From UPSC perspective, the following things are important :
Prelims level : Vaikom Satyagraha
Mains level : Vaikom Movement, Periyar's significant role and legacy of the movement
- Vaikom is a town in Kerala, India, that became a symbol of social justice due to the temple entry movement launched in 1924, aiming to end the prohibition imposed on backward communities in using the roads around the Vaikom Mahadeva temple. The Kerala government has organized various cultural events to commemorate the movement and its significance in the state’s history. Tamil Nadu also observes the occasion, as announced by Chief Minister M.K. Stalin, recognizing the role of Tamil leaders like Periyar E.V. Ramasamy in the movement’s success.
All you need to know about Vaikom Satyagraha
- The primary goal was to end the prohibition on backward communities from using the roads surrounding the Vaikom Mahadeva temple, which symbolized the caste-based discrimination prevalent in society.
- The movement sought to create a more inclusive society where people from all castes could access public spaces and religious sites without discrimination.
- Kerala:K. Madhavan, K.P. Kesava Menon, and George Joseph were prominent leaders from Kerala who initiated and guided the movement.
- Tamilnadu: Periyar E.V. Ramasamy, then president of the Tamil Nadu Congress, played a crucial role in sustaining the movement and leading it to success.
- Mahatma Gandhi: Mahatma Gandhi advised the movement leaders and helped in negotiating between the government, protesters, and orthodox Hindus.
- Social equality and justice: The Vaikom Satyagraha was a groundbreaking non-violent protest that fought for social equality and justice, challenging the caste system in India.
- Temple entry: The movement’s success paved the way for the temple entry proclamation of Kerala in 1936, which granted lower caste individuals the right to enter temples.
- Fight against caste barriers: The Vaikom Satyagraha remains a symbol of the fight against caste barriers in India and the struggle for social justice.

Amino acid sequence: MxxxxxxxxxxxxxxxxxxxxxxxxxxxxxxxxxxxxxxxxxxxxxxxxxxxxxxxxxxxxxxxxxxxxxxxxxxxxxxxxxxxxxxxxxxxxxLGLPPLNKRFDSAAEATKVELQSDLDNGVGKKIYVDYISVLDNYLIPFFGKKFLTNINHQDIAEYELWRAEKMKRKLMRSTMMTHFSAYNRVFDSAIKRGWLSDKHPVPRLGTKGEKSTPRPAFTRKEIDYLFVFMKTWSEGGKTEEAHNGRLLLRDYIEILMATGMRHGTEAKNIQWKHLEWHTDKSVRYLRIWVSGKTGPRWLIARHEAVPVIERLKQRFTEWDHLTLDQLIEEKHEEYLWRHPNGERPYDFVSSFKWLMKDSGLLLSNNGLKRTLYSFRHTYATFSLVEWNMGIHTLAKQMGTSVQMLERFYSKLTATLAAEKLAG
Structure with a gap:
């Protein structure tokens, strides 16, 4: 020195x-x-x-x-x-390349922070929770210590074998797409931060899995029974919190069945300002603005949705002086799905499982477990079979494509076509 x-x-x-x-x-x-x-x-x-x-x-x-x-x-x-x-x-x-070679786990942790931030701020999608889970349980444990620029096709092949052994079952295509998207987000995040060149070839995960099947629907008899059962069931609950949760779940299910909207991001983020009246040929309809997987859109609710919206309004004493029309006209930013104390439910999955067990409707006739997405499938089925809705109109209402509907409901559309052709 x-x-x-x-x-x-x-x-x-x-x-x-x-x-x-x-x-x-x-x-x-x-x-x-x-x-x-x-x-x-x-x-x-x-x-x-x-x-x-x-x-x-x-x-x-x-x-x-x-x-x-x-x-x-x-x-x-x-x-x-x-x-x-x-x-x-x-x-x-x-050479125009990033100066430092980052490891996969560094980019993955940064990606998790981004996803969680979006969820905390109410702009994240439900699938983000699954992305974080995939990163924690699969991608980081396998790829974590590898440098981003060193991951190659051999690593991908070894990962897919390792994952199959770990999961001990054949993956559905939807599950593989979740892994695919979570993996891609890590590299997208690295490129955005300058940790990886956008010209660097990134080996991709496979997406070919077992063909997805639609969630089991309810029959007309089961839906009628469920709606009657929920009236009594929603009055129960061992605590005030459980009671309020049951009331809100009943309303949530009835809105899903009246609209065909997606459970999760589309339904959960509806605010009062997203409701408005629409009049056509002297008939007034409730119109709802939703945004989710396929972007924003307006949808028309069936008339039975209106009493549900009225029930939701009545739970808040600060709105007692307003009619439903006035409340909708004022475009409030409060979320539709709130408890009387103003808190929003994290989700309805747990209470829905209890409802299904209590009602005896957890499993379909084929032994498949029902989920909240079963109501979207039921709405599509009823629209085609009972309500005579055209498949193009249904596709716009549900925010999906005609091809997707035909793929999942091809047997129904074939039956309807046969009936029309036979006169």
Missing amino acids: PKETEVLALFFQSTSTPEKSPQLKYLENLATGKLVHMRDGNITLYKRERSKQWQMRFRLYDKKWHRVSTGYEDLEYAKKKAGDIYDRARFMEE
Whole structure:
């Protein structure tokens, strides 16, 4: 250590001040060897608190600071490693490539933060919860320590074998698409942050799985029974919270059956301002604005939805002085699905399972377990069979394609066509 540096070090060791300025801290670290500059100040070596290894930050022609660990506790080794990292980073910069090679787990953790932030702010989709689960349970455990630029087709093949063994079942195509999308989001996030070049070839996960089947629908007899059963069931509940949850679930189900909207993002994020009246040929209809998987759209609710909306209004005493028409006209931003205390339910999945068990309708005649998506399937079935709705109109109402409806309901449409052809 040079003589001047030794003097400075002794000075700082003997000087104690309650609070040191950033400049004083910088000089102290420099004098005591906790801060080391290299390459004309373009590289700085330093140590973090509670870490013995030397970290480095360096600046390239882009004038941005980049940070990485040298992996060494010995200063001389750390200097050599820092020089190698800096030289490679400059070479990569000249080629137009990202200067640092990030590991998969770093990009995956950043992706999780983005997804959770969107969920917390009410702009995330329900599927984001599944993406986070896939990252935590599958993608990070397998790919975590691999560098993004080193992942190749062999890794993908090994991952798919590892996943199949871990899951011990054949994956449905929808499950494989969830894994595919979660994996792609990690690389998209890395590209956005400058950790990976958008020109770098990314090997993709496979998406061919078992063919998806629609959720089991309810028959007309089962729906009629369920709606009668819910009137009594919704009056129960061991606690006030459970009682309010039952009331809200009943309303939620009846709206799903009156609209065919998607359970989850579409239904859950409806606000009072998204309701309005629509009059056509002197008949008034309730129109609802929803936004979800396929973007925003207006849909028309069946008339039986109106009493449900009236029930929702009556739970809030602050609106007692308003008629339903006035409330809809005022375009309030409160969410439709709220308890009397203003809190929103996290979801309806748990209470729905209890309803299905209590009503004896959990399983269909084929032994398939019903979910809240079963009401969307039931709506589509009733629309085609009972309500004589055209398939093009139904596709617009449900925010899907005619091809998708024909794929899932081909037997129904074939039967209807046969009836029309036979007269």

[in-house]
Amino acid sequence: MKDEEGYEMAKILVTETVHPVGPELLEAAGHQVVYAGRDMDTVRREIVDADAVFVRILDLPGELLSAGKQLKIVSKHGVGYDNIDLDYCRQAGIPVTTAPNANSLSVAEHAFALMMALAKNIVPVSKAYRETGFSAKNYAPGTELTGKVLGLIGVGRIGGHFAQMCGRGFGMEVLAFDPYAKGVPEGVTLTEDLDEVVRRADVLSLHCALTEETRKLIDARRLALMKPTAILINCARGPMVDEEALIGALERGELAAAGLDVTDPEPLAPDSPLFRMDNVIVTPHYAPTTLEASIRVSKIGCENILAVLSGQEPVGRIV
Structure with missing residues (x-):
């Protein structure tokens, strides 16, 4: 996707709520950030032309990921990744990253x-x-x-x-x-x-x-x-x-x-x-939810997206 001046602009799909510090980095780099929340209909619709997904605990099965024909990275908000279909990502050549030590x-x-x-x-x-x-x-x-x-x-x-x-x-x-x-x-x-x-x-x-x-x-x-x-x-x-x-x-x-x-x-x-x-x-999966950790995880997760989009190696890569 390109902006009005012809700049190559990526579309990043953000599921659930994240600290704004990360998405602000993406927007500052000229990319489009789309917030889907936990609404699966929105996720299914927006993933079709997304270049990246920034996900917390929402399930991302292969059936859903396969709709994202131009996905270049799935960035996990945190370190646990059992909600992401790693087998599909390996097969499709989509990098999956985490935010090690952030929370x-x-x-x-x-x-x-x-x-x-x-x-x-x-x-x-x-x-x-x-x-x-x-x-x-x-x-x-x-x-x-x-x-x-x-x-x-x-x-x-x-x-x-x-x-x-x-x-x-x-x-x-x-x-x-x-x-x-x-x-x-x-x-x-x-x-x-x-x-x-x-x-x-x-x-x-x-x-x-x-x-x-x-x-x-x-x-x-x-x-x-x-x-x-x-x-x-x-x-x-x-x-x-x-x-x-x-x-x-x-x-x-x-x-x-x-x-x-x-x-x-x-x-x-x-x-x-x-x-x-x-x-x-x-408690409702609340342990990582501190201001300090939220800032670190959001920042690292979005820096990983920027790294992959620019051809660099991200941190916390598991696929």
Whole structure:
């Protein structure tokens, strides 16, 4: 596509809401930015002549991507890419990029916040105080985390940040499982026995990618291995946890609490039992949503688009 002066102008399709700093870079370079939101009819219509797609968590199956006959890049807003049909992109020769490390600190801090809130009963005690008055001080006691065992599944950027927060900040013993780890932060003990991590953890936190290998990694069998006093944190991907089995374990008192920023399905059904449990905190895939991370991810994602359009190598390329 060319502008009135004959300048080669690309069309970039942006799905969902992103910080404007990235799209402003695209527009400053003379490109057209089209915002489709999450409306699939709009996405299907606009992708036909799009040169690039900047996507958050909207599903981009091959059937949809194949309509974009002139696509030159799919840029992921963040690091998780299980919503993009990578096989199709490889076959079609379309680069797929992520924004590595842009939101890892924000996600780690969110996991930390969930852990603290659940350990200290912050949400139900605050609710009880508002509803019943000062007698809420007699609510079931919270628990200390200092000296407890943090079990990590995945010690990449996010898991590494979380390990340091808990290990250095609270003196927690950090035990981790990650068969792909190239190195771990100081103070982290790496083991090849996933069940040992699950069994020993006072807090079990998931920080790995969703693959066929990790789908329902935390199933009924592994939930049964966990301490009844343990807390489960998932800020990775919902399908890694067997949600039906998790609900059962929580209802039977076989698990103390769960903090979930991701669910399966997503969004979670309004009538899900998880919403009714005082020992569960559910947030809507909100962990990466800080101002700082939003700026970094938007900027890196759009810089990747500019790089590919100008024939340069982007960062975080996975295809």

- Challenges and Hurdles:
- The movement faced repressive action from the government and the administration, with many protesters and leaders arrested during the course of the protest.
- Orthodox Hindu traditionalists organized counter rallies marked by violence, aiming to suppress the movement and maintain the status quo.
- Outcome and Legacy:
- The movement spanned 603 days, witnessing many significant events.
- The Travancore princely state government eventually granted access to three of the four streets around the Vaikom temple, signaling the end of the protest.
- The Vaikom Satyagraha continues to inspire the fight for equality and justice in India, serving as a reminder of the importance of challenging caste-based discrimination.
Periyar’s Role and the Movement’s Progress
- Periyar E.V. Ramasamy played a significant role in leading the protest, earning him the title Vaikom Veerar (Hero of Vaikom).
- The movement was marked by day-to-day protests, arrests, inquiries, jail terms, and agitations.
- People from various communities participated in the movement, including the Akalis from Punjab, who traveled to Vaikom to supply food to the protesters.
Facts for prelims: Vaikom Satyagraha
|Time Period||March 30, 1924 – November 23, 1925|
|Objective||End caste-based discrimination; Allow backward communities access to roads around Vaikom Mahadeva temple|
|Key Leaders||T.K. Madhavan, K.P. Kesava Menon, George Joseph, Periyar E.V. Ramasamy, Mahatma Gandhi|
|Significance||Paved the way for temple entry proclamation of Kerala in 1936; Symbol of fight against caste barriers|
|Challenges and Hurdles||Repressive action from government and administration; Opposition from orthodox Hindu traditionalists|
|Outcome and Legacy||Access granted to three of the four streets around the Vaikom temple; Inspired continued fight for equality|
|Commemoration||Cultural events organized by the Kerala government; Observations in Tamil Nadu to recognize Tamil leaders’ role|
- Vaikom is not just a name of a town but a symbol of social justice and the eradication of caste barriers. It is a significant part of the history of the social justice movement in India and continues to inspire the fight for equality and justice.